Brand new (November 2018), Denis Wick have a now released the next stage in the Ultra euphonium mouthpiece range, the SM ULTRA 4XR. The Ultra 4 is already already one of the most popular euphonium mouthpieces in the world, and In association with Steven Mead, Wick have developed a modification to this great mouthpiece.
It has a new rounded rim, giving great comfort to the player, with a newly-designed inner shape and slightly reduced cup depth.
The result is a new feel, almost a 'sports' model if you like, with enormous possibilities in the higher register, with an ease of playing and crystal clear high tones. The middle range is further energised. Perhaps it doesnt have the weight of sound in the lower register of the regular U4X but the notes speak so clearly.
Could this be the mouthpiece to give you massive confidence in the higher range, and add valuable time to your stamina? Steven and Wick certainly think so!
Nearly a year in the design, Wick are happy to launch this exciting new 4XR to the hugely popular Ultra and Ultra X range.
Steve writes: It's been a couple of years now since we launched the Ultra series of mouthpieces for euphonium and baritone. I'm really thrilled to see that these mouthpieces have gone on to become much loved and established amongst leading players as well as amateur musicians. The combination of positive response, rich tone, extended range and the comfortable rim has made it one of the most popular mouthpieces around.
Does that mean that I as a professional soloist sit back and stop looking to improve? Well anyone that knows me knows that this is impossible! What more could I want from a mouthpiece?
The demands of new music that I'm working on continue to grow, and the challenge of touring and playing virtually non-stop can also take its toll on the lips. I thought long and hard about these challenges and also listened to some comments from people who currently enjoying the current Ultra range, who would tell me that they love the sound, tone and the response but sometimes they get a little bit tired, perhaps earlier than they would wish!
When I combined these two thoughts I began to imagine small but significant modifications to the existing range and so we set about experimenting not with the outer shape and comfortable rim edge, but with the interior. Was there a way to harness even more response, without sacrificing what we already love about the existing mouthpiece? Due to the skill and expertise of the people at the Denis Wick factory we were able to transfer these ideas into a precise design, thereby transforming the current design into something that I now regard as even more special.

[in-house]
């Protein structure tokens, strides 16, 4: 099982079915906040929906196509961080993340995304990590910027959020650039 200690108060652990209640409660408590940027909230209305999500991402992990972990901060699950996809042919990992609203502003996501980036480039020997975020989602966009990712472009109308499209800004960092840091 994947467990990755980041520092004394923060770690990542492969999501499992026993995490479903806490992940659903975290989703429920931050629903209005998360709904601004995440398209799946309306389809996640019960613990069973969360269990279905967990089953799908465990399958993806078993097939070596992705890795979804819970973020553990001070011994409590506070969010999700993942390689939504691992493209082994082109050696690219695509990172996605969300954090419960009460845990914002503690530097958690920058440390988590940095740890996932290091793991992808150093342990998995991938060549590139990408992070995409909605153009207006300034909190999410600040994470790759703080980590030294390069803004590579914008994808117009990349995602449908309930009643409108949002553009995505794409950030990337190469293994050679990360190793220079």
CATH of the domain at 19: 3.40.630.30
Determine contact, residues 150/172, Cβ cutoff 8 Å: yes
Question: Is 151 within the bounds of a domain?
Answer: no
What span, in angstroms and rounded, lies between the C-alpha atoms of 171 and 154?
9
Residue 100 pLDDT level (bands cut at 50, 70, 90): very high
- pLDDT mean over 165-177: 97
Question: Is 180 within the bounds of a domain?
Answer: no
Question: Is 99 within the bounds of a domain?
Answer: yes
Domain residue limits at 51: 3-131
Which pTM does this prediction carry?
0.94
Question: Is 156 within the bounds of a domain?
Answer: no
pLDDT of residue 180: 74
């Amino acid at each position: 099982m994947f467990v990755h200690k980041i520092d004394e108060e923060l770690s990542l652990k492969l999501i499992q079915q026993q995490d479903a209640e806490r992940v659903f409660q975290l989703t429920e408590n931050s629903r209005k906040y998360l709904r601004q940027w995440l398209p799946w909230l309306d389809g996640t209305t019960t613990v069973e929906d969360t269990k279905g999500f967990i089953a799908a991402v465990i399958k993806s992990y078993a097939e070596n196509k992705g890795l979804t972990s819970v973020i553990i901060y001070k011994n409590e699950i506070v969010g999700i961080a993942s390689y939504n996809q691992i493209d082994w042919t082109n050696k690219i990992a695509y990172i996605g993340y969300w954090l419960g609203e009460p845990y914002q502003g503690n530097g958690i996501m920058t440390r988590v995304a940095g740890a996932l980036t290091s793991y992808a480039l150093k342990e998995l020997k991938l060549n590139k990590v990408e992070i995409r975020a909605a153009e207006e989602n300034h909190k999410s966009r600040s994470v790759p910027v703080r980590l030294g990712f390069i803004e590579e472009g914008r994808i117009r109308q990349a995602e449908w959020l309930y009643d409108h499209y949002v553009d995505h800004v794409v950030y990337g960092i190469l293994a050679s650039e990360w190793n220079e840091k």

We redesigned the internal shape and depth of the existing models, in a combination of rim size and cup depth that has not been experimented with before in the world of euphonium and baritone mouthpieces. Almost always a large rim has meant a deep or very deep cup depth, and a small rim has implied the need for a very shallow depth. It was time to break one or two conventions!
I've been playing on the new Ultra X since early July and can honestly say I have never felt more comfortable with my performance. I have done some very physically demanding concerts and recitals, often up to 2 hours in length, including some new works that test the high register rather mercilessly! The new Ultra X has passed the test with flying colours and I've found that I can play day after day with no ill effects after a very heavy day's playing the day before.
It may be that the Ultra X for euphonium (Model size 3 and 4) and baritone (Model size 4) will not be for everyone, but I have a feeling, a very strong feeling, that it will give performers of all ages and experiences added confidence and improve performance.
• You will undoubtedly feel an improvement in stamina.
• You will find much greater clarity and stability in the high range. This means that not only are the high notes a lot more achievable, and for a longer time, but will also be much more controllable dynamically and tonally.
• It also helps to stabilise the embouchure, requiring less movement from the lips, especially with flexibility, slurring and playing right across the range.
• Low tones are also clearer and less ‘spread'.
• Articulation seems to be generally more reliable, especially at soft dynamics.
• It also enables you to play slightly longer phrases.
• For some, you may even feel that you don't need to practice quite so much to keep up your stamina. As a teacher I feel slightly uncomfortable about saying this because of the age-old ‘practice, practice, practice' methodology! But now you can work on other things apart from stamina building!
But please don't just take my word for it, test it for yourself!